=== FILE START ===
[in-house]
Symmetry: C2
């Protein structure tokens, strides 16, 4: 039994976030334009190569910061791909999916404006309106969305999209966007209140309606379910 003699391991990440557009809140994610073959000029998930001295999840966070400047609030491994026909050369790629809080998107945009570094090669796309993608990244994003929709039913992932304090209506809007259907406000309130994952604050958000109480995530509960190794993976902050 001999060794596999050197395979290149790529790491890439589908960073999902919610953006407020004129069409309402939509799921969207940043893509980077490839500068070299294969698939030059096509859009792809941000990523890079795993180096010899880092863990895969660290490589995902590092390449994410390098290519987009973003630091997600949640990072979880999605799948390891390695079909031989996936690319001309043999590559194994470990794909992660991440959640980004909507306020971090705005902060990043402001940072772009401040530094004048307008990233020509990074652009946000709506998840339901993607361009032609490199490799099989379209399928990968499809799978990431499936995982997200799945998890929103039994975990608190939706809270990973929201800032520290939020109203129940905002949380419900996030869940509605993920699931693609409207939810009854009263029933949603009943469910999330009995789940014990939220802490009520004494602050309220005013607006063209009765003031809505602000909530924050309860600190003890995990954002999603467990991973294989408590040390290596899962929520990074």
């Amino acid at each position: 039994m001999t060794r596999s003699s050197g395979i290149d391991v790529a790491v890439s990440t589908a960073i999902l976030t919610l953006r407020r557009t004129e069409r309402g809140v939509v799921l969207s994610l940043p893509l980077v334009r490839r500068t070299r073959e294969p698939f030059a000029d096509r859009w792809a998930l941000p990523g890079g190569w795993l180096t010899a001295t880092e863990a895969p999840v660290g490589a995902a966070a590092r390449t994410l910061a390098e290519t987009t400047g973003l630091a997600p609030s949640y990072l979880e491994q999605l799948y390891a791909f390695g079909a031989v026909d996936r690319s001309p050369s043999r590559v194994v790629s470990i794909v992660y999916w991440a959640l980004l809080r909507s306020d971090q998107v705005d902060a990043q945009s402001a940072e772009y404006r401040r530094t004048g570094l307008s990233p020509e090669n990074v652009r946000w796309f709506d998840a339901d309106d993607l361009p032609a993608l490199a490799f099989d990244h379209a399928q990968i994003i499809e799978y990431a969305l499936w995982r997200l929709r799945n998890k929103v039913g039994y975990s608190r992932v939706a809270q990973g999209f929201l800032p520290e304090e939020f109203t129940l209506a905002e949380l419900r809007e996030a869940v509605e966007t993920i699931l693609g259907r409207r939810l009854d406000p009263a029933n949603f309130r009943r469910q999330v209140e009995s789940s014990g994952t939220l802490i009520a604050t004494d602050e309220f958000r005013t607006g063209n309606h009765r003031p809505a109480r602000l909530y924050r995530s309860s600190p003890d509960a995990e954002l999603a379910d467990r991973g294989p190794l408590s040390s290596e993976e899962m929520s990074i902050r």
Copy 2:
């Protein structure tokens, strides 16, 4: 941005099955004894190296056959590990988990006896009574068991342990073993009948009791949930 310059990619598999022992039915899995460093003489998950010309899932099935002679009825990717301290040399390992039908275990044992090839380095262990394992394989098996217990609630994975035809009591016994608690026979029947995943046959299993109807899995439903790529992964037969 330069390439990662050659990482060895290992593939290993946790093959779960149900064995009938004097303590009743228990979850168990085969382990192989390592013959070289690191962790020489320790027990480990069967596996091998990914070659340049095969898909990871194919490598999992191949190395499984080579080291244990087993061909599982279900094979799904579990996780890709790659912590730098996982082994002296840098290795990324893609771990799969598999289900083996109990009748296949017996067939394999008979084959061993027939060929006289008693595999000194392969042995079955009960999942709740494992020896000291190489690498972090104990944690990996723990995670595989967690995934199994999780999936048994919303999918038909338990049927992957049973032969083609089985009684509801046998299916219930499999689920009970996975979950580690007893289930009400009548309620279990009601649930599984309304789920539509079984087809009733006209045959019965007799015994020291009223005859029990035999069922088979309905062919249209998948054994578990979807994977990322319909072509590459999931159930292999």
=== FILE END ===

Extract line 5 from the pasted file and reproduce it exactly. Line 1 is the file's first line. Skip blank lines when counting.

Copy 2: